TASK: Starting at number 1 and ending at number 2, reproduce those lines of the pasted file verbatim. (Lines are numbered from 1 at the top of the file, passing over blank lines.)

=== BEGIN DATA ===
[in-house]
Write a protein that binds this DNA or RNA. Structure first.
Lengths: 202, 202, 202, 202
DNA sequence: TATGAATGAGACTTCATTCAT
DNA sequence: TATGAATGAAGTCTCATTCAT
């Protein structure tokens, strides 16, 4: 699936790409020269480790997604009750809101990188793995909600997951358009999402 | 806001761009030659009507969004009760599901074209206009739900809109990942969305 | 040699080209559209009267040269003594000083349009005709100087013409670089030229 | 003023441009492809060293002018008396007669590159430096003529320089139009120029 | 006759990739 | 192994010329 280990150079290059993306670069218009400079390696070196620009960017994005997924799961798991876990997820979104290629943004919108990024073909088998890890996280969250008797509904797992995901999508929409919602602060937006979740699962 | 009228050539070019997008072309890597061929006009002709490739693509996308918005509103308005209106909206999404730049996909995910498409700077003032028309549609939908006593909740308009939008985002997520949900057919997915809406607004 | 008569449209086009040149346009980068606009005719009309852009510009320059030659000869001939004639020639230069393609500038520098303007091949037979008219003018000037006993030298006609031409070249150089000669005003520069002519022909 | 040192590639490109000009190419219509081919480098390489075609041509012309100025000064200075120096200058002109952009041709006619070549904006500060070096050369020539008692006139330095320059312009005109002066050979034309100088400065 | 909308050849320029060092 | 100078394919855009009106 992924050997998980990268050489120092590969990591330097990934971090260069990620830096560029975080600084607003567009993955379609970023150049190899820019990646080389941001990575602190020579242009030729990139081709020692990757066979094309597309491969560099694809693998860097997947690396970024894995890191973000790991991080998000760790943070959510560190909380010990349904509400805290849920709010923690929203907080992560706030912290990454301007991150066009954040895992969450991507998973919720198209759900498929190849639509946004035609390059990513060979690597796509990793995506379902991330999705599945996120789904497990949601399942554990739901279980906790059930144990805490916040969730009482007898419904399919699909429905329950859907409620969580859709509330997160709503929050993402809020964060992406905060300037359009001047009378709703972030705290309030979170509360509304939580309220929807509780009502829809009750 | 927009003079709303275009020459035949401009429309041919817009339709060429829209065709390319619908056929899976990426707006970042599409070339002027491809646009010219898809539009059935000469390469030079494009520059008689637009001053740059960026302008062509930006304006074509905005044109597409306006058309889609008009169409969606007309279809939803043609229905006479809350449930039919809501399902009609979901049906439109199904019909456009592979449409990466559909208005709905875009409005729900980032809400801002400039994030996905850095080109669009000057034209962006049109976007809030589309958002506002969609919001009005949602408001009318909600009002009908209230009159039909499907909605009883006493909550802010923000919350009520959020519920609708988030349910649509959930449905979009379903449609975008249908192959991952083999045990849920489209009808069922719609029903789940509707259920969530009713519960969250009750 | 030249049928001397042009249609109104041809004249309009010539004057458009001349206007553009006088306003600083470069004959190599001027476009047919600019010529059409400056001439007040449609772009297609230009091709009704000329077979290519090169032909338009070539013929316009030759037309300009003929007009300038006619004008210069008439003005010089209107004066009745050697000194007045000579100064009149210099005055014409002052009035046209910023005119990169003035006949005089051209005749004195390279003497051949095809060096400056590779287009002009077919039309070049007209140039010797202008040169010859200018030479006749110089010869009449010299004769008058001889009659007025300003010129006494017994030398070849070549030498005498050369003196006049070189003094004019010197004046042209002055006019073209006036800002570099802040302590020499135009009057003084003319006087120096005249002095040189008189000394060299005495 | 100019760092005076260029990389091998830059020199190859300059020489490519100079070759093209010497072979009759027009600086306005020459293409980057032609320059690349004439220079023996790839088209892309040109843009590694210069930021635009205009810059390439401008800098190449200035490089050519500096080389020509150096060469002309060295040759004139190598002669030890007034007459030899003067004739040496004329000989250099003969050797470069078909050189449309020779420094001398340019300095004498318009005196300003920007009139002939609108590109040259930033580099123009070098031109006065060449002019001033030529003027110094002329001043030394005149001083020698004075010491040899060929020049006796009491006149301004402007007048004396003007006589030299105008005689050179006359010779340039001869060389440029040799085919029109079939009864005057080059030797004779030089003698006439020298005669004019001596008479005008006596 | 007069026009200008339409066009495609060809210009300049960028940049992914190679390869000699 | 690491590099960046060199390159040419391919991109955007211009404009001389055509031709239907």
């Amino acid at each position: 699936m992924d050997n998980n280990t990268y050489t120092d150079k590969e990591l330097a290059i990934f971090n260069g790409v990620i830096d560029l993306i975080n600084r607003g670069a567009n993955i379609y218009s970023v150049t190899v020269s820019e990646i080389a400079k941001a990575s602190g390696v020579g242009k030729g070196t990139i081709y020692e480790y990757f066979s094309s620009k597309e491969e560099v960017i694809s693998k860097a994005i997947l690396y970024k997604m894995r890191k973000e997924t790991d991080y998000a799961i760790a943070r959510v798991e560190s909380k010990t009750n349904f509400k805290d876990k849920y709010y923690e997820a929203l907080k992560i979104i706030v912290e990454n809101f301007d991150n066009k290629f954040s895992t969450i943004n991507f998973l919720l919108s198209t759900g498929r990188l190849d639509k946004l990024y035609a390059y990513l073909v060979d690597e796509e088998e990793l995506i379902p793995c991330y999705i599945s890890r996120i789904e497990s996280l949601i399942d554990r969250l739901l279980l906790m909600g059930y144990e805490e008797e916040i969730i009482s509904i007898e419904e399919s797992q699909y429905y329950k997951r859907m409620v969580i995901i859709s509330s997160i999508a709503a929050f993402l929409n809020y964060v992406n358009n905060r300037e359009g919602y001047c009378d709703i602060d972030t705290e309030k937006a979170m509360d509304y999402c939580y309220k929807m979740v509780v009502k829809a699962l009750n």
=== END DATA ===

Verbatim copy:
[in-house]
Write a protein that binds this DNA or RNA. Structure first.